USAT CEO On The Unattended Retail OS

Following the slow implosion of brick-and-mortar retail, what phoenix will rise from the ashes? Will the world be left to choose between a small number of behemoths and live with that as the new retail normal?

Consumers, says Stephen Herbert, chairman and CEO of USA Technologies (USAT), want choices — but what they also want is a new retail experience. And from his perch, providing cashless solutions to unattended retail operators, Herbert believes that self-service kiosks and unattended retail avenues could be a big part of the answer.

“Consumers need to be served in a different way as [the brick-and-mortar industry] goes through this metamorphosis,” says Herbert. “We think that it will create more opportunities from a self-serve or unattended retail perspective to deliver goods and services.”

Unattended retail as a category, Herbert emphasized, has evolved well beyond vending machines in hospital waiting rooms or employee-less micro-markets popping up in offices across the U.S. If you’ve ever stuck your house key into a machine at Home Depot to make a copy, gotten a custom tag engraved for your dog at Petco or ordered a Starbucks coffee from a kiosk instead of a barista, you’ve been a customer of unattended retail.

But in a marked change from the “old days,” many of these new unattended retail settings don’t take cash. “The nature of the use cases these kiosks support has changed,” Herbert remarked, “as has the consumer’s appetite for using digital payments to pay. Unattended retail needs to keep pace.”

It’s in response to that shift that USA Technologies has been working with unattended retail operators to develop and implement new ways to pay. Starbucks coffee kiosks and electric car charging stations are but a few of these new retail options that, by nature, can only accept electronic payments, though the actual types may vary — from credit and debit cards to eWallets via NFC (near field communication) readers.

Self-service retailers that don’t heed this shift, Herbert says, have likely signed their own death warrant; businesses can’t afford to let potential customers walk by their locations because they don’t have enough money in their pocket to buy what they want or need.

But Herbert is also quick to point out that unattended retail is about more than just going cashless. It’s about adding value for the customer and increasing the level of touch that a brand can have at the point of sale. There’s also an Internet of Things (IoT) facet, with data being fed back from kiosks to let operators know if, say, their photo booth is low on paper or toner, or if the coffee maker needs to be serviced.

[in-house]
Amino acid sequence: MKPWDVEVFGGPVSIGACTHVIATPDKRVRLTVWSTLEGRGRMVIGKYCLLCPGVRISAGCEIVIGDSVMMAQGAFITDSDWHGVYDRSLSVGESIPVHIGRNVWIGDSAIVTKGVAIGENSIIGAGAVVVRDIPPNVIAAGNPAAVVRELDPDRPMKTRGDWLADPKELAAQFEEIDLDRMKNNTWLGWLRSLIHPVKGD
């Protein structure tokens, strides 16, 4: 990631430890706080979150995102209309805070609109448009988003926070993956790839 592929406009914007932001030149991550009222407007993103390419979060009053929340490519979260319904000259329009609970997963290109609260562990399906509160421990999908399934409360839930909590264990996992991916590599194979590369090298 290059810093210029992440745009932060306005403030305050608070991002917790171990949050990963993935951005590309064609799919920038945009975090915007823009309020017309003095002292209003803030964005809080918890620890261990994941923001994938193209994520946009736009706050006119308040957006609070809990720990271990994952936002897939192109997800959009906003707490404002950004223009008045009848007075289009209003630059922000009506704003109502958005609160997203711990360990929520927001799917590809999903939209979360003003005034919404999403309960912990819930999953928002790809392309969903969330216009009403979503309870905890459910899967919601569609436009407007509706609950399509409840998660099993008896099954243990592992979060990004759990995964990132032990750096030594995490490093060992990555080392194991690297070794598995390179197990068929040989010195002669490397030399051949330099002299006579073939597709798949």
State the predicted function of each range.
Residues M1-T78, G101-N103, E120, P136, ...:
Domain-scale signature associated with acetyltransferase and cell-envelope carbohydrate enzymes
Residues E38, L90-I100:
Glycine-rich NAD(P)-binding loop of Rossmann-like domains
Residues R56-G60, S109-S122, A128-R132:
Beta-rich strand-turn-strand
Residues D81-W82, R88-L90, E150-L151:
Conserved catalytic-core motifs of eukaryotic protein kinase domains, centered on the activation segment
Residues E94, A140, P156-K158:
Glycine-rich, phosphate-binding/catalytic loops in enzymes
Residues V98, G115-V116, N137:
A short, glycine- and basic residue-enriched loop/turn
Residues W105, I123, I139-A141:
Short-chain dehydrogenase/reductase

All of that adds up to a perfect storm of opportunity, if you ask Herbert. Which makes USAT a tornado chaser. Herbert estimates that there are between 13 million and 15 million potential merchant location opportunities for unattended retail. And with brick-and-mortar businesses weakening more each day, the current retail equation now has a large emerging market on one side with total fragmentation on the other. At the same time, the payments space is seeing a shakeup as people demand to pay with other methods besides cash.

Recognizing and seizing that opportunity is one of the reasons that USAT went into the market to raise capital to expand. As the platform grows, it must, like most successful platforms today, become more than just a platform. It must offer new capabilities in order to stay ahead.

The public offering consisted of roughly $34.5 million of shares to be sold, with an expected option for the underwriters to purchase up to $5.2 million in additional shares of common stock over a 30-day span. Herbert said the $43.1 million raised is a means of augmenting organic growth with an inorganic boost.

Herbert explained that there are two focal categories for USAT as it works to broaden its services, based on what the company believes its customers will buy and based on what will position USAT as the platform for businesses either moving into unattended retail or looking to leverage its infrastructure.

One focus is the consumer. By growing loyalty-based programs and by allowing new partners to tap into USAT’s existing network of over 13,000 customers, Herbert said that the company can add value for customers as well as increase the level of touch that brands can achieve at the point of sale.

The second focus is that IoT facet, which USAT plans to grow through partnerships with software companies in the coming months and years.

Herbert said that USAT has been on the cashless transaction frontier for 15 years and has 73 patents in force in the U.S. and beyond, including ones for the ePort family: ePort Connect, ePort Interactive and the NFC-ready ePort G-series, which can use near field communication technology to accept payments from mobile phones without requiring customers to even remove the device from their pockets.

Herbert believes that accepting these types of payments will lead to a shift as drastic as the one that followed the invention of the magnetic card stripe. Then, as now, the new methodology met with some resistance, but one day people will take these types of payment for granted, Herbert said.

Like PayPal, he remarked, the platform will power commerce across any type of unattended retail outlet, including robots  — the “unattended retail OS,” as PYMNTS CEO Karen Webster put it during her discussion with Herbert.

One way USAT has already been doing that is by partnering with Blackboard to provide a backbone for services on college campuses and to enable digital payments at a variety of unattended retail kiosks using accounts that are funded and managed via the Blackboard payments platform.

“We very much see ourselves as a wheelhouse,” Herbert said. “We don’t have to own everything. We don’t have to own all of the functionality. We want to have the core services that we believe every unattended retail location would want.”